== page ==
Getting a Good Night’s Rest in the Public Shelter

During early 1941 Britain was still in the midst of the Blitz, with no idea how long it was going to last.  The Ministry of Home Security issue a number of adverts in local and national newspapers to help prepare people, and provide useful advice like how to get a “Good Night’s rest in a Public Shelter” during an air raid. Before, During and After the Raid A Good Night’s Rest in the Public Shelter – and the help that is ready for you if your home is hit In public shelters…

Invitation to the Dance

Cadets of the HMS Worcester at their evacuation home, invited girls of the A.T.S. to their dance at end of term The HMS Worcester (1860), was formerly HMS Frederick William, and served between 1876 and 1948, and was an 86-gun screw-propelled first-rate ship of the line in the Royal Navy. On 19 October 1876 she was renamed as Worcester, to take on a new role as a training ship at Greenhithe for the Thames Nautical Training College.  She fulfilled this role until her sale in July 1948. She foundered in the River Thames on 30 August 1948,…

The realities of life during a WW2 air raid

Reports in local newspaper gave a harrowing account of what life was like during the height of the air raids attacks by the German during the Battle of Britain.  Whilst it became the norm to take shelter whilst a battle took place high in the sky above, imagine what it must of felt like not knowing what horrors lie outside. Stories of both immense tragedy and sheer heroism filled the newspapers. This example was published in the local newspaper in October 1940. Four Killed in Shelter Woman Buried, but Rescued…

Billy Brown’s Own Highway Code

Billy Brown of London Town was a cartoon character, drawn by English cartoonist David Langdon OBE, who featured on the London Transport posters and in local newspapers during World War 2.  Brown’s appearance was that of a City of London businessman of the time, wearing a bowler hat and pinstripe suit, and carrying an umbrella. This example featured in the Bromley & District Times on 20th December 1940. Billy Brown of London Town Billy Brown’s own Highway Code For blackouts is ‘Stay off the Road’. He’ll never step out and begin To meet…

The Lock Brothers

Here the Bromley & District Times celebrated another band of brothers who served on the Front Line during WW2.  Their mother, already a widow, must have been beside herself with worry that she may lose them all to this awful war!   Three members of the Lock family, late of Bickey, are now of 36 Saxon Road, Bromley, are serving in H.M. Forces.  They are sons of Mrs. and the late Mr. Lock William Lock, aged 26, is serving with the Queen’s Royal Regiment.  He formerly worked for ten years as a…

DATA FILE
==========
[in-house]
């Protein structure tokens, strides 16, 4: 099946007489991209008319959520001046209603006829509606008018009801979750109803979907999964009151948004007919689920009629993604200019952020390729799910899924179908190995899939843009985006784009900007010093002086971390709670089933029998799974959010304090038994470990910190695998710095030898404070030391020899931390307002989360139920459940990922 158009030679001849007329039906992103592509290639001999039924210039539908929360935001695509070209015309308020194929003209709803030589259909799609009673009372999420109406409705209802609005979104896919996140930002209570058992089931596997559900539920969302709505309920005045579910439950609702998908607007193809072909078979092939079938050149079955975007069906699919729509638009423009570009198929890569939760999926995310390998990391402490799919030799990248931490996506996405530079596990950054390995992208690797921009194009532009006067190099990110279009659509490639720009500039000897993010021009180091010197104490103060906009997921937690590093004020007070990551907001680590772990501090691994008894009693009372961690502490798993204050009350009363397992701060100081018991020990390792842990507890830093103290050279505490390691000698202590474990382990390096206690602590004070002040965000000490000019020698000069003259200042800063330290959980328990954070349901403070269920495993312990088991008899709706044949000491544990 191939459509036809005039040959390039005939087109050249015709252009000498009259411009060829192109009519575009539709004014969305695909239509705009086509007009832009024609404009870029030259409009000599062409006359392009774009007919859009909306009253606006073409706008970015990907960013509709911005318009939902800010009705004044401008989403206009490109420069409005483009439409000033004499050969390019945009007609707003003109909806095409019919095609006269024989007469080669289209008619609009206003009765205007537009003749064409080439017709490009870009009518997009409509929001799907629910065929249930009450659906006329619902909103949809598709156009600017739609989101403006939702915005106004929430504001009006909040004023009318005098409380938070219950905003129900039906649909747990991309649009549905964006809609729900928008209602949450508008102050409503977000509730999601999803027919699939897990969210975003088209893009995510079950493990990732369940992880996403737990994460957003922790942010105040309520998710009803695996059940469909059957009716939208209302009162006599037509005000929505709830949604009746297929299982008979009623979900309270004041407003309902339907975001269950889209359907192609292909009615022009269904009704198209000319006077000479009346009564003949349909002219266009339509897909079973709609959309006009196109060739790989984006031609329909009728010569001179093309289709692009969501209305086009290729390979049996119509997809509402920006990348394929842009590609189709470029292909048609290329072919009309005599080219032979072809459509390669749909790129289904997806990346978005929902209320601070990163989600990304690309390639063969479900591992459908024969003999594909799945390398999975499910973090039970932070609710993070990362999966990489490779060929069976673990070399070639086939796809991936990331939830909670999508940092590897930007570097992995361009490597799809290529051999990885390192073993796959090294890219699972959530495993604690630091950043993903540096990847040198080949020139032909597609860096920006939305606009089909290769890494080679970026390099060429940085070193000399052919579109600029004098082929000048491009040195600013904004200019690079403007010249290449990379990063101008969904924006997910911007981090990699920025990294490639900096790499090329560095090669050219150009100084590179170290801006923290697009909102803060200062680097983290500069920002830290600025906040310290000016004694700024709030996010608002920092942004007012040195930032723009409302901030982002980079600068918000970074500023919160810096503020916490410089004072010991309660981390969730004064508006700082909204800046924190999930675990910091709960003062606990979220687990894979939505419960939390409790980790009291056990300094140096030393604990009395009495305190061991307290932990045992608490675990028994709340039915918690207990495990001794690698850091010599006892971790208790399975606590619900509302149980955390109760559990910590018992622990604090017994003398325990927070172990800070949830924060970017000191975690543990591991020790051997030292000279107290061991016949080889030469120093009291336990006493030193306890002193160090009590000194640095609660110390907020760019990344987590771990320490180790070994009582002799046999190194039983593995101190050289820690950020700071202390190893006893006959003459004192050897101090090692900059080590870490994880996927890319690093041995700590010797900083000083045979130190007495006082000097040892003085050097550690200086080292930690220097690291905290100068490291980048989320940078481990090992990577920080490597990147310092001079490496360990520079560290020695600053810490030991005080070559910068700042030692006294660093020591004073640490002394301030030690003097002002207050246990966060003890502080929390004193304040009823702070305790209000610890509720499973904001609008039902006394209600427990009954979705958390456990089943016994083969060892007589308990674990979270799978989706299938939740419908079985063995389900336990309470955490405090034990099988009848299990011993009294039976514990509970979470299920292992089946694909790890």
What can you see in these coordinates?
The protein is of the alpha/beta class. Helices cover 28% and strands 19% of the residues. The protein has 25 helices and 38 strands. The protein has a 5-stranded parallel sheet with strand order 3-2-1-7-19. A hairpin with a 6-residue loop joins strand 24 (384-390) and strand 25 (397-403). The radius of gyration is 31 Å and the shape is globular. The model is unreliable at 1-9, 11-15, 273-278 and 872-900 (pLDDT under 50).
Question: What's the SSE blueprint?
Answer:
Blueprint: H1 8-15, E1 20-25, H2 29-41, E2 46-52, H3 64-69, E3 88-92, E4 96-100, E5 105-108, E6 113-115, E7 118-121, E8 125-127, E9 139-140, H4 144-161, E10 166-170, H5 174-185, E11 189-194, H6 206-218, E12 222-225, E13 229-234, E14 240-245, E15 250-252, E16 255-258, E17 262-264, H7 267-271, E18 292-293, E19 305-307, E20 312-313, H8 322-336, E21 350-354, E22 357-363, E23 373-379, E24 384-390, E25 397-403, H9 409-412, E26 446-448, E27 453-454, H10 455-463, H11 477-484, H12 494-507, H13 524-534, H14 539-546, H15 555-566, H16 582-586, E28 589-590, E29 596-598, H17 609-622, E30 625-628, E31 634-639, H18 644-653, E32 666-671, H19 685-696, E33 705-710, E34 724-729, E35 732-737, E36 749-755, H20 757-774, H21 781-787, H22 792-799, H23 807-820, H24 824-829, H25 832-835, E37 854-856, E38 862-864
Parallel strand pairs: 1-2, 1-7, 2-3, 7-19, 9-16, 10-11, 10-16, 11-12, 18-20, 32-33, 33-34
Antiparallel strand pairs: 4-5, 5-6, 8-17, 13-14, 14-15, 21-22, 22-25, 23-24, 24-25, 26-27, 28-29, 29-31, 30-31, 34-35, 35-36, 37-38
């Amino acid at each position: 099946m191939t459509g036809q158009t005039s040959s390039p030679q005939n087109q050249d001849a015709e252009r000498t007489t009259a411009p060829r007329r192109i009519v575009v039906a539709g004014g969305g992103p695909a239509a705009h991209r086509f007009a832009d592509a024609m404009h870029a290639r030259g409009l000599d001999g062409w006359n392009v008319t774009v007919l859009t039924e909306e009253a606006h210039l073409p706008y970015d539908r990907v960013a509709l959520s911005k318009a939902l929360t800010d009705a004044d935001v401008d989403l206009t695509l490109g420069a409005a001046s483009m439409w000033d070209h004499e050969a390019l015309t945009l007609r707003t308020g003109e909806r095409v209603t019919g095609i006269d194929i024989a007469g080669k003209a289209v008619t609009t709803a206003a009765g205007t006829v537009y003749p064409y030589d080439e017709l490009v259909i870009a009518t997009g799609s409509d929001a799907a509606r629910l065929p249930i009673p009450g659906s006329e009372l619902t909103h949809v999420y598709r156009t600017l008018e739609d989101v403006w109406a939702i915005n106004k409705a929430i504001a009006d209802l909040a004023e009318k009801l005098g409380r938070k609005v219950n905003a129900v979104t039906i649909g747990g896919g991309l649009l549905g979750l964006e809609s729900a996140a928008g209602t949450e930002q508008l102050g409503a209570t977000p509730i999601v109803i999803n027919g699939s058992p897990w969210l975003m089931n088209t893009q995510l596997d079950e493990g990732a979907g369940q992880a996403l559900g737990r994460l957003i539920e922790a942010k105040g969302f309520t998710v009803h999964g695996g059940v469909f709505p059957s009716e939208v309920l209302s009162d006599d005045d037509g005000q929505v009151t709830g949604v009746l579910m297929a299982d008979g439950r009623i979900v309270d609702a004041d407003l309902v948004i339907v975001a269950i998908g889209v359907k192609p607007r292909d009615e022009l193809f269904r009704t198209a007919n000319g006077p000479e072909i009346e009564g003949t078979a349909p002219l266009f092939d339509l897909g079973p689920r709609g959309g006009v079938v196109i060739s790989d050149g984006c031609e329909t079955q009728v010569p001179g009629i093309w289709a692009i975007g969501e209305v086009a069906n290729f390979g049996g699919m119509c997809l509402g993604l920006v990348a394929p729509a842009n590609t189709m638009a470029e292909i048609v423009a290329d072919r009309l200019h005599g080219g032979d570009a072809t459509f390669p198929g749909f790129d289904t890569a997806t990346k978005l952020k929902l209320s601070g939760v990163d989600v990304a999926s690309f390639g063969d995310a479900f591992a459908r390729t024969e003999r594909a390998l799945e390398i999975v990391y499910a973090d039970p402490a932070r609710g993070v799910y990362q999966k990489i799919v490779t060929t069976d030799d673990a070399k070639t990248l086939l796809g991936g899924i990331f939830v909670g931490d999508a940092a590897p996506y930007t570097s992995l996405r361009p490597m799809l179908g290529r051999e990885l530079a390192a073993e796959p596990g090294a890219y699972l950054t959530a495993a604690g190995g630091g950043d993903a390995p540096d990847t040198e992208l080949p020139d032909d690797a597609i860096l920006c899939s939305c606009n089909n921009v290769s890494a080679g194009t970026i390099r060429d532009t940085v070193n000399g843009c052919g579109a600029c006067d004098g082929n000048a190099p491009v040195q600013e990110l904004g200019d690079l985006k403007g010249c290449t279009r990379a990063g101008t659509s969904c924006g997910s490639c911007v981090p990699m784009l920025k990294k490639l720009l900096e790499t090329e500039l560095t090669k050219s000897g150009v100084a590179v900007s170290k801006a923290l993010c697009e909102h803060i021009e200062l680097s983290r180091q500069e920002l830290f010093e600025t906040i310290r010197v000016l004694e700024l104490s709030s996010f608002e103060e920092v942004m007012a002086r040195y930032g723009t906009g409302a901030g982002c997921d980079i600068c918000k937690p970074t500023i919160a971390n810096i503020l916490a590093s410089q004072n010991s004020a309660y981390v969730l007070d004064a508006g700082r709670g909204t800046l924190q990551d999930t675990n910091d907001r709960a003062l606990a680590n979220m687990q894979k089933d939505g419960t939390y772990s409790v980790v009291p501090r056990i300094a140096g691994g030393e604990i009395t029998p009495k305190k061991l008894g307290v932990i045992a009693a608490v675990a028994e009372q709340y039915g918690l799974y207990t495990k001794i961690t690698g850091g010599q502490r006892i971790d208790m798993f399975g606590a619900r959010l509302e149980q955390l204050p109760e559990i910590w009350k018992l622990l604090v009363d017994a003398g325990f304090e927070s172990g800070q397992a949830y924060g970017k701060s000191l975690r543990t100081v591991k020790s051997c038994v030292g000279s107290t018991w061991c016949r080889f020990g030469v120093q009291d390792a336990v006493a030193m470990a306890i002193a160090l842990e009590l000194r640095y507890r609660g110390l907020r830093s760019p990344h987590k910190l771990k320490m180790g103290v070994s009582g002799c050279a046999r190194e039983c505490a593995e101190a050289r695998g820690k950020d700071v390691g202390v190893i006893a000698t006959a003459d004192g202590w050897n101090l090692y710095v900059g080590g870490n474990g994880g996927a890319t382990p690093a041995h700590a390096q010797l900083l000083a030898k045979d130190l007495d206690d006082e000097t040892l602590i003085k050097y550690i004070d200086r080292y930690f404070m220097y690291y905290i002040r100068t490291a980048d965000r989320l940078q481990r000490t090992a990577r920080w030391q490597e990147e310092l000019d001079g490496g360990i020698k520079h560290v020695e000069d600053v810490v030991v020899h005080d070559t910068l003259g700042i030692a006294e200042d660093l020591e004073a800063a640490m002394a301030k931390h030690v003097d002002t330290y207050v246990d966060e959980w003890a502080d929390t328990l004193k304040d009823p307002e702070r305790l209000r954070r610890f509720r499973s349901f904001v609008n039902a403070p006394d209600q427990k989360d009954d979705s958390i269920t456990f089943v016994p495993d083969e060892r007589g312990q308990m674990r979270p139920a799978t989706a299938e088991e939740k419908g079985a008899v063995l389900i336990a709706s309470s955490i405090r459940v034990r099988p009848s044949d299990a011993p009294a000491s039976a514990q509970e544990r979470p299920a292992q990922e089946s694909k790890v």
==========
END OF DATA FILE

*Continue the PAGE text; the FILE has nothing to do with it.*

Decorated Soldier marries Sweetheart, 1940

It’s always exciting to read about military personnel who were awarded honours for the services in the war. Here I found Pilot-Officer Frank Henderson Denton who was awarded the Distinguished Flying Cross (D.F.C.).  The D.F.C. is the third-level military decoration awarded to officers of the United Kingdom’s Royal Air Force and other services, and formerly to officers of other Commonwealth countries, for “an act or acts of valour, courage or devotion to duty whilst flying in active operations against the enemy” DFCDistinguished Flying CrossDFCDistinguished Flying Cross Wedding After Decoration Pilot-Officer’s D.F.C.…

Raider Crashes at Bromley, 1940

Three of Crew Killed FOURTH BALES OUT AND SURRENDERS Two Houses Wrecked Crippled some miles away by the accurate anti-aircraft fire of the gunners of London’ barrage, a German Heinkel 111 swooped low over the Bromley district on Saturday evening. The pilot’s efforts to make the machine climb failed, and it lost height rapidly as it flew over the town, to earth finally on two semi-detached houses in Johnson Road, Bromley Common. Four people wee in the two houses that were almost demolished by the plane.  They were Mr & Mrs Albert…

What to Do Before Going into Your Shelter

Before, during and after the raid What to do before going into your Shelter – and the help that is ready if your home is hit. Before you leave the house, turn off all gas taps, including pilot jets, and turn off the gas at the main.  Leave buckets or cans of water and sand or earth on the front-door step, or just inside the door.  Put your stirrup pump, if you have one, where it can easily be seen,  Draw back curtains and raise blinds in upper rooms so…

Mothers Save Your Children!

In order to keep civilians safe during the Second World War, the Government set up an operation to protect people, especially children, by evacuating them away from the towns and cities which were of high risk from aerial bombing and moving them to areas thought to be less at risk. Operation Pied Piper, began on 1 September 1939, and officially relocated more than 3.5 million people. There were further waves of official evacuation and re-evacuation from the south and east coasts in June 1940, when a seaborne invasion was expected,…